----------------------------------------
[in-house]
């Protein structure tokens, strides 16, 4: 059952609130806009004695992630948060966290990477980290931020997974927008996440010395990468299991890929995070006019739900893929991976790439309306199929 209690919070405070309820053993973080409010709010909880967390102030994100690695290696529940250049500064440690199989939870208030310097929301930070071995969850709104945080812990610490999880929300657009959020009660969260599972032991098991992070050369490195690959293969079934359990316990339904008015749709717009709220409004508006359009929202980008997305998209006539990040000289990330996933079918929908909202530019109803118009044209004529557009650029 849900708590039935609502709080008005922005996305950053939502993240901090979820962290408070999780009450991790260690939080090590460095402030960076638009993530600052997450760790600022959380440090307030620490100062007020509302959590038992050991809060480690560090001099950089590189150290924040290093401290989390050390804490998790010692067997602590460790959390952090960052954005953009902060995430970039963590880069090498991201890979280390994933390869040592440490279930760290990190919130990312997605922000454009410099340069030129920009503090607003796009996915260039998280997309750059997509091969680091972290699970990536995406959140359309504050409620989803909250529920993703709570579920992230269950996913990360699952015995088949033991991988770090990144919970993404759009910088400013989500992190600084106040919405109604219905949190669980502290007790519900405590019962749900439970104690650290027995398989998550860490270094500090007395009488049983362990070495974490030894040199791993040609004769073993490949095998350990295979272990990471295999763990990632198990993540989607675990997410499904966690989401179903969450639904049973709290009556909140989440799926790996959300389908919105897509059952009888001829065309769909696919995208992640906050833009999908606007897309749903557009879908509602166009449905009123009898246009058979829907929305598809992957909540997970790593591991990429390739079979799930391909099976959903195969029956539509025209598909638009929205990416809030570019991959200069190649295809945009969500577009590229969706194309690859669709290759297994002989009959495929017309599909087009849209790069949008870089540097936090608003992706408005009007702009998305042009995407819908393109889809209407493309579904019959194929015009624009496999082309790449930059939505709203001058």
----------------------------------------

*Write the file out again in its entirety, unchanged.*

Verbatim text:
[in-house]
């Protein structure tokens, strides 16, 4: 059952609130806009004695992630948060966290990477980290931020997974927008996440010395990468299991890929995070006019739900893929991976790439309306199929 209690919070405070309820053993973080409010709010909880967390102030994100690695290696529940250049500064440690199989939870208030310097929301930070071995969850709104945080812990610490999880929300657009959020009660969260599972032991098991992070050369490195690959293969079934359990316990339904008015749709717009709220409004508006359009929202980008997305998209006539990040000289990330996933079918929908909202530019109803118009044209004529557009650029 849900708590039935609502709080008005922005996305950053939502993240901090979820962290408070999780009450991790260690939080090590460095402030960076638009993530600052997450760790600022959380440090307030620490100062007020509302959590038992050991809060480690560090001099950089590189150290924040290093401290989390050390804490998790010692067997602590460790959390952090960052954005953009902060995430970039963590880069090498991201890979280390994933390869040592440490279930760290990190919130990312997605922000454009410099340069030129920009503090607003796009996915260039998280997309750059997509091969680091972290699970990536995406959140359309504050409620989803909250529920993703709570579920992230269950996913990360699952015995088949033991991988770090990144919970993404759009910088400013989500992190600084106040919405109604219905949190669980502290007790519900405590019962749900439970104690650290027995398989998550860490270094500090007395009488049983362990070495974490030894040199791993040609004769073993490949095998350990295979272990990471295999763990990632198990993540989607675990997410499904966690989401179903969450639904049973709290009556909140989440799926790996959300389908919105897509059952009888001829065309769909696919995208992640906050833009999908606007897309749903557009879908509602166009449905009123009898246009058979829907929305598809992957909540997970790593591991990429390739079979799930391909099976959903195969029956539509025209598909638009929205990416809030570019991959200069190649295809945009969500577009590229969706194309690859669709290759297994002989009959495929017309599909087009849209790069949008870089540097936090608003992706408005009007702009998305042009995407819908393109889809209407493309579904019959194929015009624009496999082309790449930059939505709203001058």